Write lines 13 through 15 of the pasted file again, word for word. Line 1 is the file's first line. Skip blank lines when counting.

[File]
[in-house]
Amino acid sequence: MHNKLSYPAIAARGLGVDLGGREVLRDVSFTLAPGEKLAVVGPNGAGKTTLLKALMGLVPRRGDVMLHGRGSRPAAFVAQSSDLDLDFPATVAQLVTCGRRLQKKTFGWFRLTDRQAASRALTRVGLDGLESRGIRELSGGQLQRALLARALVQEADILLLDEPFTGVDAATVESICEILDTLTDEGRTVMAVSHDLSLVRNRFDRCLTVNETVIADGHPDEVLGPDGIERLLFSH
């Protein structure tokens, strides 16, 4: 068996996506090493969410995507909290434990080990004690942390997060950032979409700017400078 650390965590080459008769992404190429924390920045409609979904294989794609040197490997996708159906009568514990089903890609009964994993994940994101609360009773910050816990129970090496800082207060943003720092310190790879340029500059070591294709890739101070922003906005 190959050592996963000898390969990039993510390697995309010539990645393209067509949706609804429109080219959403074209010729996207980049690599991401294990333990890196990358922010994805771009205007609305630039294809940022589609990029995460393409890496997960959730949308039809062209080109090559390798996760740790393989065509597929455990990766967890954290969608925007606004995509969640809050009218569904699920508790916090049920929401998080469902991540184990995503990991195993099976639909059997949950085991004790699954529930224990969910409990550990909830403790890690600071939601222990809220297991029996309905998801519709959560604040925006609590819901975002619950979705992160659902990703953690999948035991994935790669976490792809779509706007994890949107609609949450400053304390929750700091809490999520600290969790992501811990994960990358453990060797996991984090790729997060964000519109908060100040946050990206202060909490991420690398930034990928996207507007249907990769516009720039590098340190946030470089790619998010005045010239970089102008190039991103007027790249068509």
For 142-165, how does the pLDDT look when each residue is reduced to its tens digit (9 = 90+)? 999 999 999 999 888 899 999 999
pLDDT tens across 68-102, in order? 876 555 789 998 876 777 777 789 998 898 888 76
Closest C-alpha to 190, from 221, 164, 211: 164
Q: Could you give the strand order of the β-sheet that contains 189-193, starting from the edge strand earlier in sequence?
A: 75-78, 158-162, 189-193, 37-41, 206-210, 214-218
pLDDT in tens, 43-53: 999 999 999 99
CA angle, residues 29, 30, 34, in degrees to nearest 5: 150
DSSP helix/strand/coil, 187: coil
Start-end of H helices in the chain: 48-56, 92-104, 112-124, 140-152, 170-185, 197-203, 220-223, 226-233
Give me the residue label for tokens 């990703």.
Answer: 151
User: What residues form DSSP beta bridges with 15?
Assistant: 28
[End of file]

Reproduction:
Give me the residue label for tokens 């990703």.
Answer: 151
User: What residues form DSSP beta bridges with 15?